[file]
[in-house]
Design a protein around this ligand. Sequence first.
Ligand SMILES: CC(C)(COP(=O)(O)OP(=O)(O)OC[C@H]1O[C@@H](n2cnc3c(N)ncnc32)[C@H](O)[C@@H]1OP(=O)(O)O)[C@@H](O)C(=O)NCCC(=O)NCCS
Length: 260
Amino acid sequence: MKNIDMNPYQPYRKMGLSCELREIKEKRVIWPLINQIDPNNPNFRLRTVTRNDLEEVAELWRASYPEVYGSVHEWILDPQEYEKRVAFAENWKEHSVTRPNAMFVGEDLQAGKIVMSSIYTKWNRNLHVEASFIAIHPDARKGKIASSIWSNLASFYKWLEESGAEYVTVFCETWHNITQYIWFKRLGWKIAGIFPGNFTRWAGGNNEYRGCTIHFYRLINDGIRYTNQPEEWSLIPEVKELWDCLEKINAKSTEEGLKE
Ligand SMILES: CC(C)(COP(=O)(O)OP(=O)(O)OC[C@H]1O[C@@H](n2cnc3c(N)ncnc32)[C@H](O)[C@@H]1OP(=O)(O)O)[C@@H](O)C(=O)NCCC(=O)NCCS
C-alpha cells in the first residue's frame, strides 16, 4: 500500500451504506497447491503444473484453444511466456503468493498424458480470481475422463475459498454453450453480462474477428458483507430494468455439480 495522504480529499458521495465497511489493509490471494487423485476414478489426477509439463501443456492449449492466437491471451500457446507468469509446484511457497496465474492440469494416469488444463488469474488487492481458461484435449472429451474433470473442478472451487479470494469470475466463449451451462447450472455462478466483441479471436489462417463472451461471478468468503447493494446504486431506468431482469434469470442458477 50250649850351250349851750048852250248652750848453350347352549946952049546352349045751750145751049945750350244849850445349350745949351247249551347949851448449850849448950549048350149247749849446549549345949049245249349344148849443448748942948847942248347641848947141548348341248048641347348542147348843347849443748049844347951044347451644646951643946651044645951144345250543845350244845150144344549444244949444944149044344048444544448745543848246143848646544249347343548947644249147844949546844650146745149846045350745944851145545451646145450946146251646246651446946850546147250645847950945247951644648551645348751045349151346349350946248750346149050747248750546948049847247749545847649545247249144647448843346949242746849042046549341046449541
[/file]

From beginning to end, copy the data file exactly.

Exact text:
[in-house]
Design a protein around this ligand. Sequence first.
Ligand SMILES: CC(C)(COP(=O)(O)OP(=O)(O)OC[C@H]1O[C@@H](n2cnc3c(N)ncnc32)[C@H](O)[C@@H]1OP(=O)(O)O)[C@@H](O)C(=O)NCCC(=O)NCCS
Length: 260
Amino acid sequence: MKNIDMNPYQPYRKMGLSCELREIKEKRVIWPLINQIDPNNPNFRLRTVTRNDLEEVAELWRASYPEVYGSVHEWILDPQEYEKRVAFAENWKEHSVTRPNAMFVGEDLQAGKIVMSSIYTKWNRNLHVEASFIAIHPDARKGKIASSIWSNLASFYKWLEESGAEYVTVFCETWHNITQYIWFKRLGWKIAGIFPGNFTRWAGGNNEYRGCTIHFYRLINDGIRYTNQPEEWSLIPEVKELWDCLEKINAKSTEEGLKE
Ligand SMILES: CC(C)(COP(=O)(O)OP(=O)(O)OC[C@H]1O[C@@H](n2cnc3c(N)ncnc32)[C@H](O)[C@@H]1OP(=O)(O)O)[C@@H](O)C(=O)NCCC(=O)NCCS
C-alpha cells in the first residue's frame, strides 16, 4: 500500500451504506497447491503444473484453444511466456503468493498424458480470481475422463475459498454453450453480462474477428458483507430494468455439480 495522504480529499458521495465497511489493509490471494487423485476414478489426477509439463501443456492449449492466437491471451500457446507468469509446484511457497496465474492440469494416469488444463488469474488487492481458461484435449472429451474433470473442478472451487479470494469470475466463449451451462447450472455462478466483441479471436489462417463472451461471478468468503447493494446504486431506468431482469434469470442458477 50250649850351250349851750048852250248652750848453350347352549946952049546352349045751750145751049945750350244849850445349350745949351247249551347949851448449850849448950549048350149247749849446549549345949049245249349344148849443448748942948847942248347641848947141548348341248048641347348542147348843347849443748049844347951044347451644646951643946651044645951144345250543845350244845150144344549444244949444944149044344048444544448745543848246143848646544249347343548947644249147844949546844650146745149846045350745944851145545451646145450946146251646246651446946850546147250645847950945247951644648551645348751045349151346349350946248750346149050747248750546948049847247749545847649545247249144647448843346949242746849042046549341046449541